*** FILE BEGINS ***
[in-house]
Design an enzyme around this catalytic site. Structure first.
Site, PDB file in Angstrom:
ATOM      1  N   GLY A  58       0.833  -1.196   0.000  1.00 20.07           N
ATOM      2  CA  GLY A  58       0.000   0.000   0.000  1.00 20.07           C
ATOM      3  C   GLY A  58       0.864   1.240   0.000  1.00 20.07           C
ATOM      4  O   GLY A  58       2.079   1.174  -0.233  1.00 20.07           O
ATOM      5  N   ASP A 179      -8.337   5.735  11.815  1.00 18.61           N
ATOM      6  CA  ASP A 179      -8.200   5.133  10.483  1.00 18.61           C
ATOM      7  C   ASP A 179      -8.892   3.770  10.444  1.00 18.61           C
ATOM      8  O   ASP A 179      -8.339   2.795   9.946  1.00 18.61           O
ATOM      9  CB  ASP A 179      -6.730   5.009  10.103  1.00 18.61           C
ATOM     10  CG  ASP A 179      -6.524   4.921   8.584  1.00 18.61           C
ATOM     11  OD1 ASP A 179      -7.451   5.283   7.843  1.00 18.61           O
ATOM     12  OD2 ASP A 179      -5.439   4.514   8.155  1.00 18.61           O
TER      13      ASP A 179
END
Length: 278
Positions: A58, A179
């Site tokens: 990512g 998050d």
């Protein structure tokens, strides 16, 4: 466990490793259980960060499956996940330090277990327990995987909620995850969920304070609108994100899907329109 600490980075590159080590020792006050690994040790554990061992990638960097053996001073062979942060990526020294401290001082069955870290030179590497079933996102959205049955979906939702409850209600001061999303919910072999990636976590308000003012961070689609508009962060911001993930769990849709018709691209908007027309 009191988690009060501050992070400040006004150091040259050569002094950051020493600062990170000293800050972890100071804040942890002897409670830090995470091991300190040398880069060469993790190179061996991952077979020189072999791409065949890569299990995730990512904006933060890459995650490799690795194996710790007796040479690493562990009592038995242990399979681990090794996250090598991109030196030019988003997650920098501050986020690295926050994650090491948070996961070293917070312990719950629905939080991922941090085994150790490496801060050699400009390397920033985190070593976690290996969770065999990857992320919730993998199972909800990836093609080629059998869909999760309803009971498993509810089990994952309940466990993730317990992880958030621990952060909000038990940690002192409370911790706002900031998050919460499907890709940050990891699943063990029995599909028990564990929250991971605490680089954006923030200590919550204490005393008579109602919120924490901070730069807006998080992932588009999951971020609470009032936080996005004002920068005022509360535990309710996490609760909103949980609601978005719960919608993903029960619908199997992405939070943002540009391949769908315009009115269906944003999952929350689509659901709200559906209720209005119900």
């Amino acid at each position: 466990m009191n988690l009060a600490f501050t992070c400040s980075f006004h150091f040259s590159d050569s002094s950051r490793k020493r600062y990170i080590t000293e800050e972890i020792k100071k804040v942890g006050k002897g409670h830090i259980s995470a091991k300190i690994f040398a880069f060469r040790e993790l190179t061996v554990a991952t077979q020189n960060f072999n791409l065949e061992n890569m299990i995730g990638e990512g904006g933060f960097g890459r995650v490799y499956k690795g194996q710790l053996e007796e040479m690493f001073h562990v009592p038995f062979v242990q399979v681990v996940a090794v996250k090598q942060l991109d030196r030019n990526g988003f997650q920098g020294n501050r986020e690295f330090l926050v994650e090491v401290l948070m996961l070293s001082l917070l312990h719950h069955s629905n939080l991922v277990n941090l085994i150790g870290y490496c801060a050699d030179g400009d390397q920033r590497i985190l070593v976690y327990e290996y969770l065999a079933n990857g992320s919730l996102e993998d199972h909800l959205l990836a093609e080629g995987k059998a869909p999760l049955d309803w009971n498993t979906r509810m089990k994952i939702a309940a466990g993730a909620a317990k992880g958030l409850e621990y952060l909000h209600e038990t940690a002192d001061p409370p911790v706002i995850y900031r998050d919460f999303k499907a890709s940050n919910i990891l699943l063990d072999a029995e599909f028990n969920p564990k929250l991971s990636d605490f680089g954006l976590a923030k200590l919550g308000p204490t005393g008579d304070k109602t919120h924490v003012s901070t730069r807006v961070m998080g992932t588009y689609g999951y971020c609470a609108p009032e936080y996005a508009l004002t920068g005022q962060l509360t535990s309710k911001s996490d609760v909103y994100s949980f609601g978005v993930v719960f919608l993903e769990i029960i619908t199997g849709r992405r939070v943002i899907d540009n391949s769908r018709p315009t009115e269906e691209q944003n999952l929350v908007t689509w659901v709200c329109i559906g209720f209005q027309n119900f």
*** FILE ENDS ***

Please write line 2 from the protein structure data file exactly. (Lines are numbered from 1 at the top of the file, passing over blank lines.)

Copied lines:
Design an enzyme around this catalytic site. Structure first.